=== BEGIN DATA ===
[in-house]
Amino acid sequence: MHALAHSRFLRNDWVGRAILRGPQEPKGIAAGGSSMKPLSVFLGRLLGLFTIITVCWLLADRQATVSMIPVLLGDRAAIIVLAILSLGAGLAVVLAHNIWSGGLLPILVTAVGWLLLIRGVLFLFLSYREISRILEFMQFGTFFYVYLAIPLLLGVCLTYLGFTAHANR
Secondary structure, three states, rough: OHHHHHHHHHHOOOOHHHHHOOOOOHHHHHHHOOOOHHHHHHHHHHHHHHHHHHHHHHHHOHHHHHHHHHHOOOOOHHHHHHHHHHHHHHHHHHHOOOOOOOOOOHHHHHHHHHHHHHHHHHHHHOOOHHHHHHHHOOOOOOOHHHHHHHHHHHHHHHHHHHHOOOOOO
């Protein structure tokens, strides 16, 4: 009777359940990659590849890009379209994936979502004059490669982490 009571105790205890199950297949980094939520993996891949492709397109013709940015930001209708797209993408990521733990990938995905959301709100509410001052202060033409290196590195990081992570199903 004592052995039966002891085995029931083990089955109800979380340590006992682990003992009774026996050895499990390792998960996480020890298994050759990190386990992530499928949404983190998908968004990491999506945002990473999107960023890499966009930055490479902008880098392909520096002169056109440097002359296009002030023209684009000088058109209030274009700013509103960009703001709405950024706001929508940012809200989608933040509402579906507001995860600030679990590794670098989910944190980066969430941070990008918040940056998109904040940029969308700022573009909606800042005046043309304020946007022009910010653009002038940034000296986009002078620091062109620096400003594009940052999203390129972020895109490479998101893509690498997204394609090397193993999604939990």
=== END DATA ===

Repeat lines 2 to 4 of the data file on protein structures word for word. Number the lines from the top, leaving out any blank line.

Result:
Amino acid sequence: MHALAHSRFLRNDWVGRAILRGPQEPKGIAAGGSSMKPLSVFLGRLLGLFTIITVCWLLADRQATVSMIPVLLGDRAAIIVLAILSLGAGLAVVLAHNIWSGGLLPILVTAVGWLLLIRGVLFLFLSYREISRILEFMQFGTFFYVYLAIPLLLGVCLTYLGFTAHANR
Secondary structure, three states, rough: OHHHHHHHHHHOOOOHHHHHOOOOOHHHHHHHOOOOHHHHHHHHHHHHHHHHHHHHHHHHOHHHHHHHHHHOOOOOHHHHHHHHHHHHHHHHHHHOOOOOOOOOOHHHHHHHHHHHHHHHHHHHHOOOHHHHHHHHOOOOOOOHHHHHHHHHHHHHHHHHHHHOOOOOO
């Protein structure tokens, strides 16, 4: 009777359940990659590849890009379209994936979502004059490669982490 009571105790205890199950297949980094939520993996891949492709397109013709940015930001209708797209993408990521733990990938995905959301709100509410001052202060033409290196590195990081992570199903 004592052995039966002891085995029931083990089955109800979380340590006992682990003992009774026996050895499990390792998960996480020890298994050759990190386990992530499928949404983190998908968004990491999506945002990473999107960023890499966009930055490479902008880098392909520096002169056109440097002359296009002030023209684009000088058109209030274009700013509103960009703001709405950024706001929508940012809200989608933040509402579906507001995860600030679990590794670098989910944190980066969430941070990008918040940056998109904040940029969308700022573009909606800042005046043309304020946007022009910010653009002038940034000296986009002078620091062109620096400003594009940052999203390129972020895109490479998101893509690498997204394609090397193993999604939990």